Julius Peppers is more than just a Carolina Panthers legend..
Even if we didn’t see him on a regular weekly basis until last year’s return to Carolina, long-time Carolina Panthers fans have never lost any of the considerable appreciation they feel for what Julius Peppers has accomplished here.
When Peppers joined the Carolina Panthers there was every expectation that the defense would become a force capable of putting the team into another category of good. There was some truth to this as the Panthers went to the Super Bowl in 2003. That year, Steve Smith, Stephen Davis, Jake Delhomme et al lost to the New England Patriots 32-29.
Fan-wise, we’re certainly happy to have Mr. Peppers back (and considered a bargain at $2.5M base salary) and although shoulder surgery is a factor that’s kept him relatively inactive during training events thus far, coaches aren’t thinking they have to risk potential negatives by pushing the 37-year old veteran with reps before he’s totally cleared physically either.
While Bank of America stadium arguably saw the best years (2002-2009) of his career, after being the #2 overall pick out of UNC. He signed a six-year, $91.5M contract and left for four years with Chicago (37.5 sacks) and 25 more sacks in three years with Green Bay. Nobody ignores the fact of his 11 sacks which matched Mario Addison for the team high here in 2017. His assessment of this being the best defense he’s ever played on might be legitimate: Pepp had some numbers, but the Super Bowl team of 2003 only had 39 sacks . Even still, it had a plethora of hitters- including Reggie Howard, Dan Morgan, Kris Jenkins, Mike Minter, Mike Rucker and Will Witherspoon.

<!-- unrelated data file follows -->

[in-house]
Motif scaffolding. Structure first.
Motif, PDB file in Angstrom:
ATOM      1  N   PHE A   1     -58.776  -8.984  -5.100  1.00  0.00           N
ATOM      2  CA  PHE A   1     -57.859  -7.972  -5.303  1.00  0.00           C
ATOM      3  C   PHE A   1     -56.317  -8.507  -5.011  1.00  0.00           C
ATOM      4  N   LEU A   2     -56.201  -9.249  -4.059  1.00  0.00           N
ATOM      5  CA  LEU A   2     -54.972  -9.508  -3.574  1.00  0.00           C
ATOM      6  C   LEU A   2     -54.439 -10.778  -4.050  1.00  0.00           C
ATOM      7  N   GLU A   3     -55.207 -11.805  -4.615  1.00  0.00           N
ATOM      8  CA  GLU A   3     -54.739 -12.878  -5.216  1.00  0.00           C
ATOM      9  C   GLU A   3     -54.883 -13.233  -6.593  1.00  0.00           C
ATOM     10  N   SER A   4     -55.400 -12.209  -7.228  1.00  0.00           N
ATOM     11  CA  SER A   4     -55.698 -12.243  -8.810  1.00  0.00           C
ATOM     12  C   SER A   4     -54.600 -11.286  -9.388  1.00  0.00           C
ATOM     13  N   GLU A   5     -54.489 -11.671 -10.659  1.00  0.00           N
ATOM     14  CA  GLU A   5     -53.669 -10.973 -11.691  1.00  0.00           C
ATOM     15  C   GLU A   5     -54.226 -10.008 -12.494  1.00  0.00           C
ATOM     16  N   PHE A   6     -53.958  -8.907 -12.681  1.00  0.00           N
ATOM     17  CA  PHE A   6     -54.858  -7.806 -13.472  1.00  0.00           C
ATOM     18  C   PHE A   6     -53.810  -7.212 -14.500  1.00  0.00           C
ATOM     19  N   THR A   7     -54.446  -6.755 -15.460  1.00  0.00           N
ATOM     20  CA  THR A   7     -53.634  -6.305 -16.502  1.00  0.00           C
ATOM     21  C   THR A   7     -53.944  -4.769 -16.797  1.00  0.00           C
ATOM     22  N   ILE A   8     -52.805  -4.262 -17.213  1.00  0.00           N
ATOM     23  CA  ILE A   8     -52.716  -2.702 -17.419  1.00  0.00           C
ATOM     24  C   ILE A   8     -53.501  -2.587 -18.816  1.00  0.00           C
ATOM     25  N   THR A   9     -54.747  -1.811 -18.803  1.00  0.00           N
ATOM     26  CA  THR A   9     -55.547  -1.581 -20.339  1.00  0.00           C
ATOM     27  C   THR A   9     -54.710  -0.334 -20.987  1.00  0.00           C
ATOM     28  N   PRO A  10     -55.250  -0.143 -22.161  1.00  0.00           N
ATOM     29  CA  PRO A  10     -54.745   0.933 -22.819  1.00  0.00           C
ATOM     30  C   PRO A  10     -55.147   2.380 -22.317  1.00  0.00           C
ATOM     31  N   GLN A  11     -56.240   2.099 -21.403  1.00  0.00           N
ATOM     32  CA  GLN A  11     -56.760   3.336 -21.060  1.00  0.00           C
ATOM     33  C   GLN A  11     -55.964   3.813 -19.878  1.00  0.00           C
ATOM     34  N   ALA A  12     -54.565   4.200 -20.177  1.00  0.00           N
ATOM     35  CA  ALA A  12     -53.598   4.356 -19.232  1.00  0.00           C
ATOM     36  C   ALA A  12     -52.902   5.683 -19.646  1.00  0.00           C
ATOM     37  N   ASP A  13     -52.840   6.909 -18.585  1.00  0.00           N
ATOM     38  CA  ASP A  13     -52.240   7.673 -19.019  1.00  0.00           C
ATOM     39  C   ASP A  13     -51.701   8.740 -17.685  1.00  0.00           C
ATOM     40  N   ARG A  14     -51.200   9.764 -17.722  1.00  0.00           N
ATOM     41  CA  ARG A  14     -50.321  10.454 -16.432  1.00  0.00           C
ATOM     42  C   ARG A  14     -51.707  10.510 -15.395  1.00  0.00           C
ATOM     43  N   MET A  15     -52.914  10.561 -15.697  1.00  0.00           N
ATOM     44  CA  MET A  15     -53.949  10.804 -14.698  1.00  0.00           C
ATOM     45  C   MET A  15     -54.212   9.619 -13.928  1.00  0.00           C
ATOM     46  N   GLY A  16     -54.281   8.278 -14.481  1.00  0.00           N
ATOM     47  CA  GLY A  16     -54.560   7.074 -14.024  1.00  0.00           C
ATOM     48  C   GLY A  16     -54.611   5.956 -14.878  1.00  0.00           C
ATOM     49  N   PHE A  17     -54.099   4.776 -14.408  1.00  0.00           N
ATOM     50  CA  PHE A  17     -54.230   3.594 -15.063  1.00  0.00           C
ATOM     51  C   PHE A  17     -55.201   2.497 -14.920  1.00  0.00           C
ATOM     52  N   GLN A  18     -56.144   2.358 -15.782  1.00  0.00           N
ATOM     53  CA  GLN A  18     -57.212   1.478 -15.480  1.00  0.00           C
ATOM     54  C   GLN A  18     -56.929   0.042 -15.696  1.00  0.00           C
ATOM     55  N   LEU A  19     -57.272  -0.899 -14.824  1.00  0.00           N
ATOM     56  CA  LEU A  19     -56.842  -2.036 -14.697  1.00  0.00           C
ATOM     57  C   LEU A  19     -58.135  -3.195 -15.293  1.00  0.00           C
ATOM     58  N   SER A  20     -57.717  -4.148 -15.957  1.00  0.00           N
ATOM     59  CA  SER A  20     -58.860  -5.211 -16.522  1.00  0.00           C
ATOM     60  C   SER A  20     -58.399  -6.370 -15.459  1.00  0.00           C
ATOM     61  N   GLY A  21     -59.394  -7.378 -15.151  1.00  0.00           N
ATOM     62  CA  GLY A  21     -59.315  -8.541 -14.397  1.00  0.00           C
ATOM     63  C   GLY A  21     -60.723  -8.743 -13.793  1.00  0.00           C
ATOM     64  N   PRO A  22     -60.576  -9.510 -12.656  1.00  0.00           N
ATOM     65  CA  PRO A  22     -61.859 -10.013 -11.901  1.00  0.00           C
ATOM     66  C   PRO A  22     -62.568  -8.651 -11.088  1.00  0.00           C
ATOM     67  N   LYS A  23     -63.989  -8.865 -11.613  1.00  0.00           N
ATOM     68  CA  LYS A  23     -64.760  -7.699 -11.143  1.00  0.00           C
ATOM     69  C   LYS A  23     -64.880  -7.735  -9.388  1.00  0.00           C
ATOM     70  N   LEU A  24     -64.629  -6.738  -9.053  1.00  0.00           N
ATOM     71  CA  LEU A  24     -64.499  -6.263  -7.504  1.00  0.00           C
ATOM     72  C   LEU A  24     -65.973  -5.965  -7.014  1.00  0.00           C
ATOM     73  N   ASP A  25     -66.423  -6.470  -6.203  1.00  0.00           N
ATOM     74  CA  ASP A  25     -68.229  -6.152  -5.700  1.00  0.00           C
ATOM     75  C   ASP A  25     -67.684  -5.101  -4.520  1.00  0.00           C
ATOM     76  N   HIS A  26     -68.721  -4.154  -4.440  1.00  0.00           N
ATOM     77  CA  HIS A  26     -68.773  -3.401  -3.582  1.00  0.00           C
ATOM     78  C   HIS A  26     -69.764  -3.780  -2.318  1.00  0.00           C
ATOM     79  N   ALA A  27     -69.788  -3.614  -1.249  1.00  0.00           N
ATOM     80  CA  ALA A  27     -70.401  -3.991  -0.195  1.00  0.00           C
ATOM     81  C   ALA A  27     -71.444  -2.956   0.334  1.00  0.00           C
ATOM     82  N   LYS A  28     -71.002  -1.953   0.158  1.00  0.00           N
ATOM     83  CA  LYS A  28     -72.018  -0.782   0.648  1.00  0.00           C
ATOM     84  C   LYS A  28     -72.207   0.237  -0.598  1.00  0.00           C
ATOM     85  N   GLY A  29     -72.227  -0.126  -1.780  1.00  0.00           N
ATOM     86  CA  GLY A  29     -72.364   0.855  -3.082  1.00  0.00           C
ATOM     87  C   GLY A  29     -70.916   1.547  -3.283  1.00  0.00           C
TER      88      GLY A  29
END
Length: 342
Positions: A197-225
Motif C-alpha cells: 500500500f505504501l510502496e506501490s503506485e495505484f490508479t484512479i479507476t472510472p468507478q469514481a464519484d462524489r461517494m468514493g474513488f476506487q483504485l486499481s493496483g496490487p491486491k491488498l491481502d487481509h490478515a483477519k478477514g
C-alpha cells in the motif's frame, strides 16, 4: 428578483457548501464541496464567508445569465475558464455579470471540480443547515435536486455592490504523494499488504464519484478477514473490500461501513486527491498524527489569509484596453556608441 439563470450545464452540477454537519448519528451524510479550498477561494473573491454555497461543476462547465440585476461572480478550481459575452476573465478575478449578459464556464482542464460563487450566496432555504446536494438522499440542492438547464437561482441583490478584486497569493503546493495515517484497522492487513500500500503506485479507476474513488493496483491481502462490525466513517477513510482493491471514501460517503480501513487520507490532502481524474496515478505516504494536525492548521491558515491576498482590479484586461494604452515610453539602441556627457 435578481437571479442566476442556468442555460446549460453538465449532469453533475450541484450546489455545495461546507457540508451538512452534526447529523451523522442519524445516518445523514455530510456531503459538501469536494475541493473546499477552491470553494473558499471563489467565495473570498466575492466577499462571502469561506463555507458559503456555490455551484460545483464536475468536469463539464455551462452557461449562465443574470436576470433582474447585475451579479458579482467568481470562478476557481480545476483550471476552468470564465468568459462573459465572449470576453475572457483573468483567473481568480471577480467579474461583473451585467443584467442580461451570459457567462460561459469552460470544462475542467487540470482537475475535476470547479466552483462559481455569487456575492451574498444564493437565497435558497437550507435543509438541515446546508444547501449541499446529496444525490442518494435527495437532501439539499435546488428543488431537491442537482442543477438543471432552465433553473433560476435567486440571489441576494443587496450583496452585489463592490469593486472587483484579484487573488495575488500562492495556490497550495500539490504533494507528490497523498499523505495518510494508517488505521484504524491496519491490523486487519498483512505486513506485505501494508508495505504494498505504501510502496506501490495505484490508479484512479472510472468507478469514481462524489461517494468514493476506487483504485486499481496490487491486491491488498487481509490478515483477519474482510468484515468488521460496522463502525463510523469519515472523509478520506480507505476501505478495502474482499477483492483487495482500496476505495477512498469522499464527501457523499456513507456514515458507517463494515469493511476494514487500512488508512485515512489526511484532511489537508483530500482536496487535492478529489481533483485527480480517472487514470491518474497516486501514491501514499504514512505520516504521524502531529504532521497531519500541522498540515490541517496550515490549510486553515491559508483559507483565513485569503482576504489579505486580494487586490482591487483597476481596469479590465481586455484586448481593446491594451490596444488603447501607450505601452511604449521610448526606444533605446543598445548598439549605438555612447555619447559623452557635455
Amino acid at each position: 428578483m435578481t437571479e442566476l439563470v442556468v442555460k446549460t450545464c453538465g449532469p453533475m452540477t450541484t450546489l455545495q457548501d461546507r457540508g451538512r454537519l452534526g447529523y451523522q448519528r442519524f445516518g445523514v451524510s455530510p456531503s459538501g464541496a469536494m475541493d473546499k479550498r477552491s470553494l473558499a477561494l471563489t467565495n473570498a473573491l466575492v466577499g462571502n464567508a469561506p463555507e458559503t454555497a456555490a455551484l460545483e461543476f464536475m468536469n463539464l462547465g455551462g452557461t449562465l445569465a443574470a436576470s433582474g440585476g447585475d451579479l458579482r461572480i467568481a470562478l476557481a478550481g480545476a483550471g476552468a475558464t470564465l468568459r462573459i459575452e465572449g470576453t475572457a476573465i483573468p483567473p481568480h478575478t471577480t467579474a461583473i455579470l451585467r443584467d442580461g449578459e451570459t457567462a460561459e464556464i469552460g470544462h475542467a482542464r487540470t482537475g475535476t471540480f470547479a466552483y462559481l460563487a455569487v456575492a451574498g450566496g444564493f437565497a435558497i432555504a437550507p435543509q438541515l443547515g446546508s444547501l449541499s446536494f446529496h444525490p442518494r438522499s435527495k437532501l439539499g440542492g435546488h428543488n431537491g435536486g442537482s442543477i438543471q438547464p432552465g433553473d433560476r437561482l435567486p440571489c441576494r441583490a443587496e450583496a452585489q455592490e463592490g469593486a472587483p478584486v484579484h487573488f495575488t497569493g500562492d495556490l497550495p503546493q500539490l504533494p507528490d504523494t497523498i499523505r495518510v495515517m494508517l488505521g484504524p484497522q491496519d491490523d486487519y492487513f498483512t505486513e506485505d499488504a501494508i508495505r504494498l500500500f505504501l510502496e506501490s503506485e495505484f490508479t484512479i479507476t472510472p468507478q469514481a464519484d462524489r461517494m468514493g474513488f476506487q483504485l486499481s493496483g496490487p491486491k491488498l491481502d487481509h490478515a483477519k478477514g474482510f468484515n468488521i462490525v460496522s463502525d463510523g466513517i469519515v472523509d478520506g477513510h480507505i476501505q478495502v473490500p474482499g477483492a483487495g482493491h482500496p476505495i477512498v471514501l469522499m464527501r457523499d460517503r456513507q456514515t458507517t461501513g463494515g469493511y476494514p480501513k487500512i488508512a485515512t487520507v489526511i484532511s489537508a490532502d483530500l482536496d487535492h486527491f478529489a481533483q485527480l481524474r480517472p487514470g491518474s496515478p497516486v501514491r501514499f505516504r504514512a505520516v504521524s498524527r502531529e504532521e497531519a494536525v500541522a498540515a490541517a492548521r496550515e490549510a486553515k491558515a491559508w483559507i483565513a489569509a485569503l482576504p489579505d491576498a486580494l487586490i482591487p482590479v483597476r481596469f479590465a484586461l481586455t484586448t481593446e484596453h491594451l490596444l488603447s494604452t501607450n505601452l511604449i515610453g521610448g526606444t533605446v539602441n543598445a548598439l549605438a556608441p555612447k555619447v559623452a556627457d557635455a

That was the core of Panther Pride. Over the last six years, the Carolina Panthers have regularly had fifty sacks.
It’s not just money or sacks—there is a pride and confidence this team has, knowing and trusting that Peppers the man will take proper care of whatever comes his way. Elementally that is a physical challenge, and sack-wise he’s had quite a career—154.5 puts him fourth in league record books. He doesn’t say much, but when Peppers stayed in the locker room before New Orleans game last September in protest against Trump’s anthem comments, Coach Rivera said plenty about respecting Peppers as a man of thoughtful actions.
Training camp is a little over two weeks away, and if there’s a ring or retirement at the end of this campaign, that’s not news that you’ll hear from Mr. Peppers, a man of actions.